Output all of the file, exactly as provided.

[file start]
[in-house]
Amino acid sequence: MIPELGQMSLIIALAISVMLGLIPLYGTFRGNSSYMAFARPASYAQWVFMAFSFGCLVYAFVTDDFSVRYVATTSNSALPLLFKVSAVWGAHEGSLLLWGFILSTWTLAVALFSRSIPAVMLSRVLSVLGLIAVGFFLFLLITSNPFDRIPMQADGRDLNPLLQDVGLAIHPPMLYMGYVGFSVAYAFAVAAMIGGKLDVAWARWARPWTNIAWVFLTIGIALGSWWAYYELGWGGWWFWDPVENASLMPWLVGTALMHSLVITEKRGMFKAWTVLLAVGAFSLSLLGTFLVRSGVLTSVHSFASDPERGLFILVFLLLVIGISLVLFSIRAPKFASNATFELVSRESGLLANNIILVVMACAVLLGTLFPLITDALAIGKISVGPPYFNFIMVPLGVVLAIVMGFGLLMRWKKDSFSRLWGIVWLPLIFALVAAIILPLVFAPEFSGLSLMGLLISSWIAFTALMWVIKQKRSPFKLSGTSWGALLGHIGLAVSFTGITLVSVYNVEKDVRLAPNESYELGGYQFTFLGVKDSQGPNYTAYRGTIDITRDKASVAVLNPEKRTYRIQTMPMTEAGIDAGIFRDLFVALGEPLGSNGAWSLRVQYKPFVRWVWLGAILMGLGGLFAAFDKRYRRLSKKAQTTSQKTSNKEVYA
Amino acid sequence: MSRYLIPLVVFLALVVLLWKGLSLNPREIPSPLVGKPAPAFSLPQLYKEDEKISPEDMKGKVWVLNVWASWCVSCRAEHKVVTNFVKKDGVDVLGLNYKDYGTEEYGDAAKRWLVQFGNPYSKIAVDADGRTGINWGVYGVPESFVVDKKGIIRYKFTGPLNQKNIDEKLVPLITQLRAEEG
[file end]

[in-house]
Amino acid sequence: MIPELGQMSLIIALAISVMLGLIPLYGTFRGNSSYMAFARPASYAQWVFMAFSFGCLVYAFVTDDFSVRYVATTSNSALPLLFKVSAVWGAHEGSLLLWGFILSTWTLAVALFSRSIPAVMLSRVLSVLGLIAVGFFLFLLITSNPFDRIPMQADGRDLNPLLQDVGLAIHPPMLYMGYVGFSVAYAFAVAAMIGGKLDVAWARWARPWTNIAWVFLTIGIALGSWWAYYELGWGGWWFWDPVENASLMPWLVGTALMHSLVITEKRGMFKAWTVLLAVGAFSLSLLGTFLVRSGVLTSVHSFASDPERGLFILVFLLLVIGISLVLFSIRAPKFASNATFELVSRESGLLANNIILVVMACAVLLGTLFPLITDALAIGKISVGPPYFNFIMVPLGVVLAIVMGFGLLMRWKKDSFSRLWGIVWLPLIFALVAAIILPLVFAPEFSGLSLMGLLISSWIAFTALMWVIKQKRSPFKLSGTSWGALLGHIGLAVSFTGITLVSVYNVEKDVRLAPNESYELGGYQFTFLGVKDSQGPNYTAYRGTIDITRDKASVAVLNPEKRTYRIQTMPMTEAGIDAGIFRDLFVALGEPLGSNGAWSLRVQYKPFVRWVWLGAILMGLGGLFAAFDKRYRRLSKKAQTTSQKTSNKEVYA
Amino acid sequence: MSRYLIPLVVFLALVVLLWKGLSLNPREIPSPLVGKPAPAFSLPQLYKEDEKISPEDMKGKVWVLNVWASWCVSCRAEHKVVTNFVKKDGVDVLGLNYKDYGTEEYGDAAKRWLVQFGNPYSKIAVDADGRTGINWGVYGVPESFVVDKKGIIRYKFTGPLNQKNIDEKLVPLITQLRAEEG